Music Education — Should You Go to a Music School?

So, should you go to a music school? Well, statistically speaking, probably not — because music schools, compared to other study fields, won’t make statistical sense to most. While there is no precise data to show this, we believe that the trends and patterns are pretty obvious.

Most music graduates will teach privately, work outside of music while occasionally gigging or working in another facet of the music industry. Worst case? They leave the music business altogether, and some find their way back into the college system after pursuing masters and doctorate.

Success is a subjective term, and while certain things don’t appeal to you, it certainly does to other people. On the other side, there are inspiring stories of actual music scholars who achieved their dreams. Some touring musicians play in the world’s biggest bands, some highly successful music producers, and a few artists who have built a name from the ground up.

Let’s not forget that colleges and universities need money to survive; they need students enrolling and paying tuition. So, when such institutions market themselves by organizing tours of their campuses, sending out newsletters, they are also showcasing a small percentage of their accomplished graduates. Though sometimes, extra help is needed for students to create room to attend music classes. This then warrants situations of getting help from a paper writing service.

The sad part in all of this is that a music certificate, unlike those from other fields, is not attractive to white-collar employees. It’s faster for recruiters to discard a music degree holder than would an information technologist. That said, let’s then talk about the exact reasons why you should get a music degree.

Benefits of Music Education

All parents want the best for their children. But are they exposing them to extracurricular activities that have a lasting impact that they’re hoping for? The answer for most is “No”. In that case, maybe it’s time to consider music more seriously.

Music education during childhood has been shown to have a multitude of benefits. It sharpens students’ attentiveness, abstract reasoning, and creativity. Children who are musically trained have more energy in everyday listening and memory skills.

Besides, music engages both sides of the brain and challenges children to concentrate on multiple tasks simultaneously. Music and maths are highly intertwined by understanding beats, rhythm, and scales.

Even the youngest music makers are learning how to divide, create fractions, and recognize patterns. Also, children develop coordination and motor skills, as well as self-discipline and self-esteem. Students who participate in music programs consistently score higher in mathematics and the English language than their peers.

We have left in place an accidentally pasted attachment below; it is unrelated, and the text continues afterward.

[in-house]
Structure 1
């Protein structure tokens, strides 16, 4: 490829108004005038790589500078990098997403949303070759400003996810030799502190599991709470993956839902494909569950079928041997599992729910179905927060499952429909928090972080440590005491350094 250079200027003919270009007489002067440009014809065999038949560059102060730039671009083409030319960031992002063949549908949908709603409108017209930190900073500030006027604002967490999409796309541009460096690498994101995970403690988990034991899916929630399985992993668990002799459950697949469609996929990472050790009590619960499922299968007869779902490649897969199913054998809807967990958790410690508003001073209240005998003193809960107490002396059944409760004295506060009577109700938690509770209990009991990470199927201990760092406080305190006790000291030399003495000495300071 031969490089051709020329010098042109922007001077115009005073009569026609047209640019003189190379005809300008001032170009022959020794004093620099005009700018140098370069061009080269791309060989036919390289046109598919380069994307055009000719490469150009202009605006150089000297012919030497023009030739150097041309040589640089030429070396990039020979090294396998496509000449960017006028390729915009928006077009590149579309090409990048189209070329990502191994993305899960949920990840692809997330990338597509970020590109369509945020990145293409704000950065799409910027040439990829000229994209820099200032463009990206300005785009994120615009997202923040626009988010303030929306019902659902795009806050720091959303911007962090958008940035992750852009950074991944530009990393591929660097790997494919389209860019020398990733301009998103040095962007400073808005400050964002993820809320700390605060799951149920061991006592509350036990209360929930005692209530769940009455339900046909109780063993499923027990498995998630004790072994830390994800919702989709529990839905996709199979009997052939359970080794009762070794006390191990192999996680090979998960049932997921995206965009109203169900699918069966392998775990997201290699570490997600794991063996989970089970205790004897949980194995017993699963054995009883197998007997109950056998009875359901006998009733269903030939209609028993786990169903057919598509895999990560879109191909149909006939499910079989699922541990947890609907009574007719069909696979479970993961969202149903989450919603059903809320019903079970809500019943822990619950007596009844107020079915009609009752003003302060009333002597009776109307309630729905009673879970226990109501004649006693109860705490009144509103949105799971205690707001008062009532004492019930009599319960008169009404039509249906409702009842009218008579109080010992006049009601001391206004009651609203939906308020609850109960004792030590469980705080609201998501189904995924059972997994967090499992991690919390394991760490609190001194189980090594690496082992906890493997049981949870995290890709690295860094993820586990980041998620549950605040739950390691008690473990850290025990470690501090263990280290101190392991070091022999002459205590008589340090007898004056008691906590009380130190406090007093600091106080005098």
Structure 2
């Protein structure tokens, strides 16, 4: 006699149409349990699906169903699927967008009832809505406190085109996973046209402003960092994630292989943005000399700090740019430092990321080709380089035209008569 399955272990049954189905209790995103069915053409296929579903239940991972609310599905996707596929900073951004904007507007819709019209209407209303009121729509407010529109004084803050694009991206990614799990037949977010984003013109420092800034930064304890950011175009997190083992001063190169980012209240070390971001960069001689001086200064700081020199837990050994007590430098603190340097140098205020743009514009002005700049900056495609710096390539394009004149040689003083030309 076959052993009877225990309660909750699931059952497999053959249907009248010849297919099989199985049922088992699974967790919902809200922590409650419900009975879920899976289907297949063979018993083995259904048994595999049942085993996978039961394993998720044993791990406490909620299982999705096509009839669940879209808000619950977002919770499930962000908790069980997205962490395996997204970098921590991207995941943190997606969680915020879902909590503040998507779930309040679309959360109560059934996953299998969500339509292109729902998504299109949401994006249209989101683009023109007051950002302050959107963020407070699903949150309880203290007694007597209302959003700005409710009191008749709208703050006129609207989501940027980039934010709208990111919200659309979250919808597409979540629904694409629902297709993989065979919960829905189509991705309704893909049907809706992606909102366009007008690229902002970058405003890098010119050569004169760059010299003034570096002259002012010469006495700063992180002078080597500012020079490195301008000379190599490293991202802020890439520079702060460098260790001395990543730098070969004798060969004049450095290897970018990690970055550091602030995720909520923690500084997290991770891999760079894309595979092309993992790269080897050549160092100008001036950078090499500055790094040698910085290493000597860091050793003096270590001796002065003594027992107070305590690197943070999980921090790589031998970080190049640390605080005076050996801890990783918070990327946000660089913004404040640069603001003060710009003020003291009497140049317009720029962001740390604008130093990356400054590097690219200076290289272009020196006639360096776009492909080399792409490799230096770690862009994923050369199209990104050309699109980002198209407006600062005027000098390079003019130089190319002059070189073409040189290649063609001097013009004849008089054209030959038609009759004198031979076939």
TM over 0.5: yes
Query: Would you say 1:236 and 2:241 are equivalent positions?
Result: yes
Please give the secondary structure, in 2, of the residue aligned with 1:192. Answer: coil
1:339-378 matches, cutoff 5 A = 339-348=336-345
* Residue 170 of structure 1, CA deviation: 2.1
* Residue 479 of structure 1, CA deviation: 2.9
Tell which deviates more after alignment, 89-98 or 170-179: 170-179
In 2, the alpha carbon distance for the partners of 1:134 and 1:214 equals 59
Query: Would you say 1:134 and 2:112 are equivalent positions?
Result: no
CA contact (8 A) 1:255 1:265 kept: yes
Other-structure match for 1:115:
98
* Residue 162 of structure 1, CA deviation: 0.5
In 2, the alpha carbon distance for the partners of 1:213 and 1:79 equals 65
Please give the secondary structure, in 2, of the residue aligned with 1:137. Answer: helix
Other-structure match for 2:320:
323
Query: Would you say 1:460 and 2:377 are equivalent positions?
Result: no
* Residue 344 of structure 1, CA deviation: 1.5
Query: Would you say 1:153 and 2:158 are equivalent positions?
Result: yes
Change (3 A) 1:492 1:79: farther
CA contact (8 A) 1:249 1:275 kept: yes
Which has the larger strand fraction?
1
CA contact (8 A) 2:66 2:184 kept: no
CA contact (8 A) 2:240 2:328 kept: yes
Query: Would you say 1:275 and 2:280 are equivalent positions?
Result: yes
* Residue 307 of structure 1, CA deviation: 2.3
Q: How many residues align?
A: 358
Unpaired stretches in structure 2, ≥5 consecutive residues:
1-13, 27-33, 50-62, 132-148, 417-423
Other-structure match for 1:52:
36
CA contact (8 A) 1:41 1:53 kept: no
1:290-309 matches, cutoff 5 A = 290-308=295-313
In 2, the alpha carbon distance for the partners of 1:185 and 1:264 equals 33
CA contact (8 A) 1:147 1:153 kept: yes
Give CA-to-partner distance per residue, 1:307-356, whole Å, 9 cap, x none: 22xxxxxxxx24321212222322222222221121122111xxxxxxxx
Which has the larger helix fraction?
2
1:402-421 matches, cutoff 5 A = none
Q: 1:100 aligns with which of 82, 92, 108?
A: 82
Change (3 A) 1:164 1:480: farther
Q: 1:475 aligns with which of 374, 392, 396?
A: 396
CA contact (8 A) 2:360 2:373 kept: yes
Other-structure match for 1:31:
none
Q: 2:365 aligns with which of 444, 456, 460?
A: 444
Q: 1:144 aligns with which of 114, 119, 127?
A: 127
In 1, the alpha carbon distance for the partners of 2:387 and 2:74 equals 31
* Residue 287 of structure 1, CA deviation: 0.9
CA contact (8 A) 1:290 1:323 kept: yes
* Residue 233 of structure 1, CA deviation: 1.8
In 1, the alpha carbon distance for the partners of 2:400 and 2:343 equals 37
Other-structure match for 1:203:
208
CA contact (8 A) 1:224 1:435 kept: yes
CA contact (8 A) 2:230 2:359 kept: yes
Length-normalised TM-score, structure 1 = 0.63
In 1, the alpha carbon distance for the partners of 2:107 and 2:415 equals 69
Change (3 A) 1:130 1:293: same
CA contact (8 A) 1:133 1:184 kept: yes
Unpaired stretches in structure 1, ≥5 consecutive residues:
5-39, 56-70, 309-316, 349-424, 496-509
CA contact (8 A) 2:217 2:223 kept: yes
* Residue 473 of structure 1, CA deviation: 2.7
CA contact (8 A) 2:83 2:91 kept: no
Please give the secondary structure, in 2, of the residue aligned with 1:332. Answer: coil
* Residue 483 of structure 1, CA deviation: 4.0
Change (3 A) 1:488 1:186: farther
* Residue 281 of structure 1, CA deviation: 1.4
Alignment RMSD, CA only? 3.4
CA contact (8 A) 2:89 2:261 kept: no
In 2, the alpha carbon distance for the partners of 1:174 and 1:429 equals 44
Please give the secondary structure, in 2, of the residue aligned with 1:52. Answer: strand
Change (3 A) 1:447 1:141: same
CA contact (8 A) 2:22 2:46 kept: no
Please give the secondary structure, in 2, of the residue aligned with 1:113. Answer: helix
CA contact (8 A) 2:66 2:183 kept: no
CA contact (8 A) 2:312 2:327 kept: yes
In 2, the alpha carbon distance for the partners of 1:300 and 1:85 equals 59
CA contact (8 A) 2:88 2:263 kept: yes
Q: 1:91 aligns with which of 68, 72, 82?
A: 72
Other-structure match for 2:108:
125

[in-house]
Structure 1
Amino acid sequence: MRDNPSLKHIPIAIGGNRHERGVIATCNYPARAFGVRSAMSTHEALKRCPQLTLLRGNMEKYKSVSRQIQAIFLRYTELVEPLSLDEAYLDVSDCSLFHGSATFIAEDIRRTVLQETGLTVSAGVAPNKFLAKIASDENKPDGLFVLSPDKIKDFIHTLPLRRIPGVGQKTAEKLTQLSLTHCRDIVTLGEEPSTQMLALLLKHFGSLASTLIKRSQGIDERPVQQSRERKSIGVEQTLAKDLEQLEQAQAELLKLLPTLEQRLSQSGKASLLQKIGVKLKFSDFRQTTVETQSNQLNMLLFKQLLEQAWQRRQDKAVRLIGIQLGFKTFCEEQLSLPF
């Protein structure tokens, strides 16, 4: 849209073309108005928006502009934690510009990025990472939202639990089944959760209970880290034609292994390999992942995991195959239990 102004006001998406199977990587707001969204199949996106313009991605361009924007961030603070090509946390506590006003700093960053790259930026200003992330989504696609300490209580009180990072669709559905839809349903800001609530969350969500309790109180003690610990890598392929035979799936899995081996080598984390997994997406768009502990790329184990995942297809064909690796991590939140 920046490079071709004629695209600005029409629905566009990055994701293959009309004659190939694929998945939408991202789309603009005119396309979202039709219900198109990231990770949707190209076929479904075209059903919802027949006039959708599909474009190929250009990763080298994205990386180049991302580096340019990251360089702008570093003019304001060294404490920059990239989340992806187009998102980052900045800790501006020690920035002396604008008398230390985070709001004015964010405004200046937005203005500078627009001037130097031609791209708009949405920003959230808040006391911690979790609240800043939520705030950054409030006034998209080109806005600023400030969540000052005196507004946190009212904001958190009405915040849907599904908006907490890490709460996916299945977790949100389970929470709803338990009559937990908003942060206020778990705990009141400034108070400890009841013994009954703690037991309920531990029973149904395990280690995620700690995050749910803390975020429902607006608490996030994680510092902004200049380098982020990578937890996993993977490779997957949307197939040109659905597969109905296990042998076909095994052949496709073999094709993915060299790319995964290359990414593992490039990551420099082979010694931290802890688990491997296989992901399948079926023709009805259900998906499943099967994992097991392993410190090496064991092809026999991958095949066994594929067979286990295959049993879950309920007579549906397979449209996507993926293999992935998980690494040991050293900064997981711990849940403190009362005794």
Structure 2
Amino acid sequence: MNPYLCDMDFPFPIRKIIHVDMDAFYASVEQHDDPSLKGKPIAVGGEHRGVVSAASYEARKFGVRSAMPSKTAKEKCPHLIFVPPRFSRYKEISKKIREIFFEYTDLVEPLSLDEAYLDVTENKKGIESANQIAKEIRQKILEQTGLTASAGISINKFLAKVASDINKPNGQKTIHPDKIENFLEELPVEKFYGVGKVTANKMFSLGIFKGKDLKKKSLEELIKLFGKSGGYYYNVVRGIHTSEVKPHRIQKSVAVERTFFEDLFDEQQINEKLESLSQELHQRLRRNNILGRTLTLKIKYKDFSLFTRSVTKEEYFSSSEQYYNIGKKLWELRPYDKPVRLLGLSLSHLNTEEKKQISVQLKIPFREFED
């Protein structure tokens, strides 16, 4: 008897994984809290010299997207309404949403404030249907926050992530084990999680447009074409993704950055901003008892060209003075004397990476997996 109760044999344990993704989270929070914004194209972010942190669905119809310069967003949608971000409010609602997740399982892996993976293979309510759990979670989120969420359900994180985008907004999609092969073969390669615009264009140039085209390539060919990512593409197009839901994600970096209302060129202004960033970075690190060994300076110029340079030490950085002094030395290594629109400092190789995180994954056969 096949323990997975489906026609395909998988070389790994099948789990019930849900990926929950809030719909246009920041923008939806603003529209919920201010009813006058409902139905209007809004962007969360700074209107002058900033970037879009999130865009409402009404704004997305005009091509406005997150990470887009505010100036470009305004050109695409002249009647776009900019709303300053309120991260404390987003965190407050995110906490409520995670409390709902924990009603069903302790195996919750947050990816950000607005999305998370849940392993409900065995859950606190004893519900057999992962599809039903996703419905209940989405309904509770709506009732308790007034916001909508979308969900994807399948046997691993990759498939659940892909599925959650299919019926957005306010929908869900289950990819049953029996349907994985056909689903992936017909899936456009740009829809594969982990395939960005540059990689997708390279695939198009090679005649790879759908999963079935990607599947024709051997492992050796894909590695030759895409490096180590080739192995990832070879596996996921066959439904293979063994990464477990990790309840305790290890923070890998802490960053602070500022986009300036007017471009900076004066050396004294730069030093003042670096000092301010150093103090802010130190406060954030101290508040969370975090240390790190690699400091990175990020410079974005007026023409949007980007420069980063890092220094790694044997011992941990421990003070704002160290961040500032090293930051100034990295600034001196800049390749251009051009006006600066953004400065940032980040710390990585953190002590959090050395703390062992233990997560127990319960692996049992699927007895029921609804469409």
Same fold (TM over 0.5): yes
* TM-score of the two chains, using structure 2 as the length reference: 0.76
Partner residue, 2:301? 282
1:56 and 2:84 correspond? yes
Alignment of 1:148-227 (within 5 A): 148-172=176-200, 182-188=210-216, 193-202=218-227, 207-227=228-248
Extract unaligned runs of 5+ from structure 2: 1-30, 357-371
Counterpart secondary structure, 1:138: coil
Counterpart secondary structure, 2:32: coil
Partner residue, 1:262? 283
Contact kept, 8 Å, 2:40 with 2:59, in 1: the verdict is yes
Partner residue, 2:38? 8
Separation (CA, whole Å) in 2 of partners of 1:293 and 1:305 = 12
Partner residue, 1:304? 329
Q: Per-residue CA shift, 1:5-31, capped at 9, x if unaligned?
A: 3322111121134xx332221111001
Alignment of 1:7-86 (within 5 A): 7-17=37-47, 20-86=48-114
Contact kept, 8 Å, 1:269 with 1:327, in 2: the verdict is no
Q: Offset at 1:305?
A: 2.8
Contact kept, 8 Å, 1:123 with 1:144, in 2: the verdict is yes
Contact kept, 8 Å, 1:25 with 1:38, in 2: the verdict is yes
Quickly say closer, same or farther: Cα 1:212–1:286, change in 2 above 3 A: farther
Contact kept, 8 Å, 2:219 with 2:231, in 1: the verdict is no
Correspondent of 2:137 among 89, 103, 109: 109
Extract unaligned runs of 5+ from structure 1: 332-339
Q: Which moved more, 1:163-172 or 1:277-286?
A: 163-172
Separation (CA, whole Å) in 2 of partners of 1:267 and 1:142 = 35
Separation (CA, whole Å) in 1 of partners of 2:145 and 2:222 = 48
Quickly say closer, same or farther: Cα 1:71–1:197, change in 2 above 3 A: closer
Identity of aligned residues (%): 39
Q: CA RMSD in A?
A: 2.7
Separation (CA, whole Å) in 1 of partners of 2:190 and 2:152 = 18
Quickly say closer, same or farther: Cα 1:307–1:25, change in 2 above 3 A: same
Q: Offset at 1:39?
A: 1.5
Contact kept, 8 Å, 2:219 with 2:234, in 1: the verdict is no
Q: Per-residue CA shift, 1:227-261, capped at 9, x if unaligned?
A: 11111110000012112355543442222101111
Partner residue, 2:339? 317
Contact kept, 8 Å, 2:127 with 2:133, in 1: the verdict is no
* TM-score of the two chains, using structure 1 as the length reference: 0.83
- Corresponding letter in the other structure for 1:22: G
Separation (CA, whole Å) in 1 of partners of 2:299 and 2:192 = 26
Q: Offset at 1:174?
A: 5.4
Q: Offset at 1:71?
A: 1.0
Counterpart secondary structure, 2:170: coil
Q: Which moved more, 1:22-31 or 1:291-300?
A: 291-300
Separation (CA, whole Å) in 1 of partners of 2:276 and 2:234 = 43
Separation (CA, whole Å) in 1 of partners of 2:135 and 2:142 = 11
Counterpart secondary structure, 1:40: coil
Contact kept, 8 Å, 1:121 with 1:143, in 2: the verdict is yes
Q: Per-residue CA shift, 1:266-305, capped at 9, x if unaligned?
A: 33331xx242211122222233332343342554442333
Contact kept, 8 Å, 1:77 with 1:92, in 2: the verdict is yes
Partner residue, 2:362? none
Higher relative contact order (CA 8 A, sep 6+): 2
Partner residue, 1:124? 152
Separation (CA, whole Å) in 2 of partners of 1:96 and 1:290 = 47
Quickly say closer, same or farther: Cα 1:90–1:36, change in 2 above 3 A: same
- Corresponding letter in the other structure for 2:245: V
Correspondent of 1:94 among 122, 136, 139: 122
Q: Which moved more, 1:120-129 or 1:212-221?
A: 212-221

Studies have also shown that individuals who took music lessons as children often show stronger neural processing of sound even up to 50 years later. Music education is a prerequisite that provides vital skills that could bolster other skills that you possess. Deciding to enroll your child in the music class is a no-brainer. You should invest in building your child’s cognitive and emotional development and give them the gift of music.

So, What Is It All About? Let’s Sum Up!

Music is everywhere; it literally surrounds you through the whole life of yours. Music is in every movie, so it provides identity to our community. Music seems to constantly enlight the best moments of your life. It gives us a common thread and gives us a way to relate to one another.

We’re up in an isolated period when the COVID-19 pandemic has taken over most of our freedom: music has not only become an outlet for expressing our inner selves, it has also become the closest feel of why and how we used to do things. Undoubtedly, people have gained both hope and faith by watching different singers over the Internet.

Music has applications beyond music class because it goes into math and teaches reading, he teaches accounting it shows you fractions, it goes into a science — the science of anatomy, the science of sound.

Students have the opportunity to gain pride in themselves; they learn social-emotional training in the classrooms; they can develop character; the performance on stage. Music can develop them physically; there’s rhythmic movement; there’s fine motor movement in music.

Arts education is extremely valuable. That’s why we have to advocate for the uptake of music at every level of human experience. The more we do, the more the word will be out everywhere. Thus, do not underestimate music as a student!